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Generators & Motors General Discussion Antique Generators, Light Plants and Old Electric Motors: Questions and answers about restoring and showing old power generation systems.

Generators & Motors General Discussion

OHV engines - adjusting valves


Its Valve Adjusting Time for me. My Generac 7000EXL has about 50 hours on its clock and my John...

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Old 05-08-2013, 04:45 PM
alfieepstein alfieepstein is offline
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Default OHV engines - adjusting valves

Its Valve Adjusting Time for me. My Generac 7000EXL has about 50 hours on its clock and my John Deere garden tractor has 200. So it dawned on me that I haven't done this in a long time. The last time I can remember was on my 1972 VW camper before I ditched it (literally - black ice is so unforgiving). I still have the custom bent 13mm flare nut wrench I would use while lying under the VW getting a stiff neck. I've read the Generac and JD instructions; loosen this, turn that until you get some specified gap, and so on. But, what about technique. Someone inexperienced can go very wrong or very crazy trying to get it right.

The things I have learned -
1 - Double check the specs. Is the specified clearance in inch or metric dimensions. Using inch feeler gauges when the numbers are in millimetres can make the engine sound like castanets.
2 - Don't completely loosen the jam nuts, do it just enough so that you can turn the adjuster with a bit of effort. This keeps it all taut so the clearance doesn't change when you tighten thing up again.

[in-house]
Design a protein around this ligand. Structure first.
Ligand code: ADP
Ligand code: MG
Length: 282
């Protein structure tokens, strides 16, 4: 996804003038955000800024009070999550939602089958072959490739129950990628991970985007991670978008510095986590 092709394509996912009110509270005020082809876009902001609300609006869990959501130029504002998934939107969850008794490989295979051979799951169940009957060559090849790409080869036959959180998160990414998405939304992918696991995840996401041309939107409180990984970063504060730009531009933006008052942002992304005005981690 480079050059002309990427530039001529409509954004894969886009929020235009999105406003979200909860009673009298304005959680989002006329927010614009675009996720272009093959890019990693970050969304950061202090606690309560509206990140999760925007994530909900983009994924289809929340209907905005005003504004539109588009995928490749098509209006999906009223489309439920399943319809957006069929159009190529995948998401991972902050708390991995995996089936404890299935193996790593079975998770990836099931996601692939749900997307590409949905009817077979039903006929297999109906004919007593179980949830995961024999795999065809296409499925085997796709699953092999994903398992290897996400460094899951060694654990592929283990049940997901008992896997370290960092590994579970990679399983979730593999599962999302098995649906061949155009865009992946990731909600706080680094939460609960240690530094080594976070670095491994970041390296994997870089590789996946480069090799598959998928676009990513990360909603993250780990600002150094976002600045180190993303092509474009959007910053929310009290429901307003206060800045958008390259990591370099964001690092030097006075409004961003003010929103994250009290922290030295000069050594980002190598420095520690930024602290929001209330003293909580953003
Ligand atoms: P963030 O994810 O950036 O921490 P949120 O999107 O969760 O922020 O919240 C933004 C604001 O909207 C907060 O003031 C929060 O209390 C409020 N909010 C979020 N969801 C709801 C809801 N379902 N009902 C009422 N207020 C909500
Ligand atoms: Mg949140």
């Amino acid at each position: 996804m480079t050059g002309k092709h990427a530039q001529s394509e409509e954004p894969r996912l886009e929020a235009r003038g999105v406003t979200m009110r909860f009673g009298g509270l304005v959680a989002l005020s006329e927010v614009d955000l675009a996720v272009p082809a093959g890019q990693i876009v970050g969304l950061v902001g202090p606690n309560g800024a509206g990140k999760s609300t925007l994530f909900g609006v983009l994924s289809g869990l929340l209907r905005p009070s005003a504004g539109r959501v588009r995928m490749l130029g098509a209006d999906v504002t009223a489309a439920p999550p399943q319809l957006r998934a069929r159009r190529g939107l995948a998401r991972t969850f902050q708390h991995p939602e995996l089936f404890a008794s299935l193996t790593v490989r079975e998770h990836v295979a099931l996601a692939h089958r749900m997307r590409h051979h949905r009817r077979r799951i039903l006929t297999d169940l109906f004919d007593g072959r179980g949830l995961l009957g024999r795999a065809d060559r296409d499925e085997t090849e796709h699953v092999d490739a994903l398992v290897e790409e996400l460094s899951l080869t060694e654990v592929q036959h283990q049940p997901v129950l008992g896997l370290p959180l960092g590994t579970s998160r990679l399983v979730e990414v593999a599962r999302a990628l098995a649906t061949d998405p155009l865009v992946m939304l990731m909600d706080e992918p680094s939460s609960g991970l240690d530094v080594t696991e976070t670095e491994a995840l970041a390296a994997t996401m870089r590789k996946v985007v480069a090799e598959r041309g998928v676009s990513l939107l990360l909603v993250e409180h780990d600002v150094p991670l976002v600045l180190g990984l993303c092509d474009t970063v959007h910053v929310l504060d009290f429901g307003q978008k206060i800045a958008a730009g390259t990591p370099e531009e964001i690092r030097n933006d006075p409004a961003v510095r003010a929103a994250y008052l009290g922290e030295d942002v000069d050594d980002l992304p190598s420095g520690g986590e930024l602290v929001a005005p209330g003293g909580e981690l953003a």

3 - I use a go-no go method. If I want a .004 gap, I'll take a .003 and a .005 feeler gauge out as well. When I think I've got my .004 I'll try the .005 feeler. If it goes in, the gap is too big. If the .003 drags in the gap, the adjustment is too tight.
4- Have new gaskets available. If you're lucky the old ones are still good, but if not, you will have a mess to clean up if you try to reuse a mangled one and it leaks.

I hope somebody finds this useful and perhaps others can add their experiences here as well.

A flare nut wrench, by the way is used on tubing fittings. Mine has a hex end with a gap so that it can slip around the tubing to tighten the fitting. They also come as 12 point but a hex is a lot better for avoiding rounding jam nuts which is easy with an open-end wrench or a crowsfoot.
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Old 05-08-2013, 05:38 PM
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John Newman, Jr. John Newman, Jr. is offline
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Default Re: OHV engines - adjusting valves

One thing I would add is to beware of compression release mechanisms that can hold a valve open slightly. Be sure you are not on such a device when setting valve clearance.
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Old 05-08-2013, 08:18 PM
alfieepstein alfieepstein is offline
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Default Re: OHV engines - adjusting valves

Good point John. I always go a little past Top Dead Center even if the engine's instructions say TDC, to be sure. Without taking things apart to see the flywheel marks, guessing the engine's TDC from the piston travel has a wide spread. Making certain that the piston is starting the down stroke ensures greater precision. Briggs & Stratton says to go past TDC until the piston drops by ¼". Generac only states to adjust at TDC. Yet, both use the exhaust valve for compression release. Some engines use the intake valve but I'm unfamiliar with those and I don't know how that would affect the AT TDC or AFTER TDC scenario.
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